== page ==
Ilja Leonard Pfeijffer: ‘Perhaps it is best not to be an old-fashioned man’

There he is, the arrogant jellyfish. Or not? The rings are missing! Ilja Leonard Pfeijffer (1968) sits at a royal desk in Genoa, fountain pen and Moleskine notebook at hand. In a suit, but the fingers with which he picks tobacco from a metal box to run a check with it, are missing the rings, part of his regular equipment during performances. Unlike the writer who will travel to bookstores and libraries in the coming Book Week, the man in the Zoom screen is not yet in full uniform.

Chuckling: “My fountain pen happens to be here – I actually write with it. The Moleskine, it’s all true. I also have a computer, but it is out of sight for a while.”

This is the real writer, just different from ‘the writer with the unlikely name Ilja Leonard Pfeijffer’, like the zooming Pfeijffer the character from his Boekenweekgift, the novella Monterosso mon amour, calls. He performs in the library where he is invited by Carmen, the narrator of the story. With a combination of admiration and sharpness she describes him, the author of Grand Hotel Europea book which ‘like its author, is a striking example of it’ [is] that thickness and vanity sometimes go together in surprising ways’. She sees that during the lecture he ‘meets all expectations unapproachably and confidently’, and observes: ‘With feigned modesty and a few masterfully timed belches of self-irony, he camouflages his hyper-conscious self-promotion. He knows exactly what he’s doing. He speaks as he writes.’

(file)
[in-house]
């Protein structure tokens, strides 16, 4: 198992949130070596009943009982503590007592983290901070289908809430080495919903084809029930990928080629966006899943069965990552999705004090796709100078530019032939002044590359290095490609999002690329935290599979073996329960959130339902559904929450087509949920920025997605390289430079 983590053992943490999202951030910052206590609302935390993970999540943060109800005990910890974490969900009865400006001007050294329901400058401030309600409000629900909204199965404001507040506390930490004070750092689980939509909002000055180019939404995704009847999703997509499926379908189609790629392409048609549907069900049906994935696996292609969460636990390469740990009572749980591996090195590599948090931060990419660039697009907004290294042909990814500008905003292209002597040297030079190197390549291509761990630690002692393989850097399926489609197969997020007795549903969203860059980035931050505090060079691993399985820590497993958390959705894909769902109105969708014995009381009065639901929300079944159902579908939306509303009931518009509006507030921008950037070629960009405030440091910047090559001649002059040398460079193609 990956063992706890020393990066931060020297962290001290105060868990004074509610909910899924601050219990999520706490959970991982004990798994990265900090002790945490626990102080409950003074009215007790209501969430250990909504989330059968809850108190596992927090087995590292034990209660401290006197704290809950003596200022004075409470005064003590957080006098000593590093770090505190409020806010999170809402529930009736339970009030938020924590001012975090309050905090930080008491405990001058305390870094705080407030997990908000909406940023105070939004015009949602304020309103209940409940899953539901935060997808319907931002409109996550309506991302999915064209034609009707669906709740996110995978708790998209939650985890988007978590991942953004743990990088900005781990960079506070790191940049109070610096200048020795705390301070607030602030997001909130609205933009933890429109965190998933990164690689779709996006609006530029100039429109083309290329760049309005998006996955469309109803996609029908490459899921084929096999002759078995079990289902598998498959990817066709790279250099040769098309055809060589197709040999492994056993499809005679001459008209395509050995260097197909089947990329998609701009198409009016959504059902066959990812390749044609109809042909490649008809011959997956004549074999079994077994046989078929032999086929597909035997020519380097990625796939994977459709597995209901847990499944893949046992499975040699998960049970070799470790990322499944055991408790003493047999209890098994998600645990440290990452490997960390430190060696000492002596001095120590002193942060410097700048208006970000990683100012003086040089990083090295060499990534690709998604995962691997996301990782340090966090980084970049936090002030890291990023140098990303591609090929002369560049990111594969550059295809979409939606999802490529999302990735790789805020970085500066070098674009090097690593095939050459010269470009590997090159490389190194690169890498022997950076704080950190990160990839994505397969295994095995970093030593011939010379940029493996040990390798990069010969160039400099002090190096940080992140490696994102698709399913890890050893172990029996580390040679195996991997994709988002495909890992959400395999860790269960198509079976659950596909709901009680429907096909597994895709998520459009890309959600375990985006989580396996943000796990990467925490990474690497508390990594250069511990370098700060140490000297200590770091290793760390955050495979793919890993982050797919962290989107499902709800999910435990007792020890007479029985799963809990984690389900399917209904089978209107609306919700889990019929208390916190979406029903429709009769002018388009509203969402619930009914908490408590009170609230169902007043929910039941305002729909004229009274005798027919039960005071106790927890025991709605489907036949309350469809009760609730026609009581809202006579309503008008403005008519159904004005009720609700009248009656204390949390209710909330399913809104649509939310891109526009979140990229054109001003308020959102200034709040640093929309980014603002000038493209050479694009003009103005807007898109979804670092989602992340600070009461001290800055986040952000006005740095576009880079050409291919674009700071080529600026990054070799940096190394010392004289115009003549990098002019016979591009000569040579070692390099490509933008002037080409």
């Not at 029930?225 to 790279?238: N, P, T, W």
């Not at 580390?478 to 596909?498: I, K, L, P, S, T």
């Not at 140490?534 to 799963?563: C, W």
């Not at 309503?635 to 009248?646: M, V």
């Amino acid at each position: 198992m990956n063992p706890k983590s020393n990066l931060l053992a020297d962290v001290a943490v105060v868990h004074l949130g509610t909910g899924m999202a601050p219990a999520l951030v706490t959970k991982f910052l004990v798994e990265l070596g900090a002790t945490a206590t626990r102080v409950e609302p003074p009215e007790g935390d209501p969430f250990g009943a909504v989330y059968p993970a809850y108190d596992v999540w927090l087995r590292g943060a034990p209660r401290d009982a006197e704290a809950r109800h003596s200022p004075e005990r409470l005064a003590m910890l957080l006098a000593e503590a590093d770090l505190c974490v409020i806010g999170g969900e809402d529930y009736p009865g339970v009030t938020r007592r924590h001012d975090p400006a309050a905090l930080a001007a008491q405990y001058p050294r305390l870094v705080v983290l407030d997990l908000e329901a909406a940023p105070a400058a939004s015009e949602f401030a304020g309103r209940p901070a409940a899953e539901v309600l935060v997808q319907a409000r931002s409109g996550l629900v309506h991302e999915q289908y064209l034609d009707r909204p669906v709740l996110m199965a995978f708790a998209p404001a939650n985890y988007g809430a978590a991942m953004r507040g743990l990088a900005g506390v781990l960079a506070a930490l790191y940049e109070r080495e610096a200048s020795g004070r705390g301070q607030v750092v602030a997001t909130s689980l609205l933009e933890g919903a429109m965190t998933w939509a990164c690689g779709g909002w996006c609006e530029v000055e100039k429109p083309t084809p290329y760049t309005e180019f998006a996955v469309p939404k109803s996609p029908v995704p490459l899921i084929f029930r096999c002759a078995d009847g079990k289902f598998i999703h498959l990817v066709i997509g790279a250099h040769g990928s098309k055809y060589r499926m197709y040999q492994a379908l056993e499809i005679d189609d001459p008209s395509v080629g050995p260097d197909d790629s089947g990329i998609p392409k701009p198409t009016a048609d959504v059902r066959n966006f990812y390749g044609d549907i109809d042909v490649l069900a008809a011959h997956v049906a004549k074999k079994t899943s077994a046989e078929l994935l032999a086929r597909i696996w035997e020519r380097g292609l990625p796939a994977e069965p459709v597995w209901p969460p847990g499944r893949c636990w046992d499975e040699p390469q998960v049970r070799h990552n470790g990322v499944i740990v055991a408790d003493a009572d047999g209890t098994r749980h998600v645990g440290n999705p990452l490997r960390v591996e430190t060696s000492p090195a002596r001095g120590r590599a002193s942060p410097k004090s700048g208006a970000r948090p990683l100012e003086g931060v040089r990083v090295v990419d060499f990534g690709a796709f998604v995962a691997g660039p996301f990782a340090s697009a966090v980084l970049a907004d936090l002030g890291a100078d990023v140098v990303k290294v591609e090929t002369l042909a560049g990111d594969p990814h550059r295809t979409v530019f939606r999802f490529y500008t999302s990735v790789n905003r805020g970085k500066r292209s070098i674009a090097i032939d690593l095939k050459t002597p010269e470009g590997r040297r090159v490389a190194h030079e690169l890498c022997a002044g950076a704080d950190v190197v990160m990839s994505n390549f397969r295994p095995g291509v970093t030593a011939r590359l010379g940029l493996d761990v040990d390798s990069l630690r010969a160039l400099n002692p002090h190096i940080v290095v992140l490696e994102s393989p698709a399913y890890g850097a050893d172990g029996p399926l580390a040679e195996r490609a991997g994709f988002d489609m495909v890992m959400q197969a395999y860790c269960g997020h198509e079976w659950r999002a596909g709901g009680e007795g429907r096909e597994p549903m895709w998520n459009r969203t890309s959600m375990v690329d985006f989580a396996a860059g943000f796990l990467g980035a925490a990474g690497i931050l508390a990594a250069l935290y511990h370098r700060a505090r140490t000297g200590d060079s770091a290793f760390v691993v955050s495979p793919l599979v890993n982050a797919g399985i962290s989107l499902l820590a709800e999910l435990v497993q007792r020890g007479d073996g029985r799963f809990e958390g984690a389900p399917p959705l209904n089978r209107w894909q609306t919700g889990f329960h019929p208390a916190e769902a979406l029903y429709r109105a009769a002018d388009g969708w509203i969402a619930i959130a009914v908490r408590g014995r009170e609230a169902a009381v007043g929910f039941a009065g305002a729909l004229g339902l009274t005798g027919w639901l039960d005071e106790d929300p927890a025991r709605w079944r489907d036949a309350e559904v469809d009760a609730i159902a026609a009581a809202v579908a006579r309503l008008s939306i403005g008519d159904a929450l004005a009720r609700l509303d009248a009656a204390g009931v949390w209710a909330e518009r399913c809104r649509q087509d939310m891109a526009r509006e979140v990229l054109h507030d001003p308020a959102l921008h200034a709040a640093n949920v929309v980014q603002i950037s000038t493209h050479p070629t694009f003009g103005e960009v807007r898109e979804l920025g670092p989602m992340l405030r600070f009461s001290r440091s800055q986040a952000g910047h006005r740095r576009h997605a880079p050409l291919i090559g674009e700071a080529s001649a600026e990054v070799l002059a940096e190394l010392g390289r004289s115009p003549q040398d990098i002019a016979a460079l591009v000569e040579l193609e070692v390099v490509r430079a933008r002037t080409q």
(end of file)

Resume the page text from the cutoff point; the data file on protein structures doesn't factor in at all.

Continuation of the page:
The intrigue of the Boekenweekgift is fueled by that meeting: Carmen and the famous writer share a past. They were in class together. He once wrote about ‘the proverbial prettiest girl in the class’ with whom he was in love – who, although given a different name than hers, lived on her street. “She made school swimming sense.”

He doesn’t recognize her – and Carmen realizes that her life, as a nondescript, now old, somewhat run-down librarian, is a ‘vicarious life’. Things could have turned out differently if she had pursued her first love, a holiday sweetheart in Monterosso, Italy – about which the writer makes her realize that it ‘is not an enchanted past’, but simply exists. She decides to go there. To regain something.

The story idea came in a detour, says Pfeijffer via Zoom. “I was thinking of a topical story that is a commentary on the woke movement and the cancel culture – bearing in mind the protests when a white man was chosen as the author of the Boekenweekgift again. I thought: then we can also thematize that. But that would only become interesting if you look up the nuance in it, and then I would need much more space than 96 pages. Then I quickly flipped to another idea, to make a timeless story about the importance of stories. As the main character I would then take one of the thousands of people I always meet at literary evenings, who anonymously make those kinds of events possible in the background – with the emphatic aim of making it an ode to them. That’s how Carmen was born.”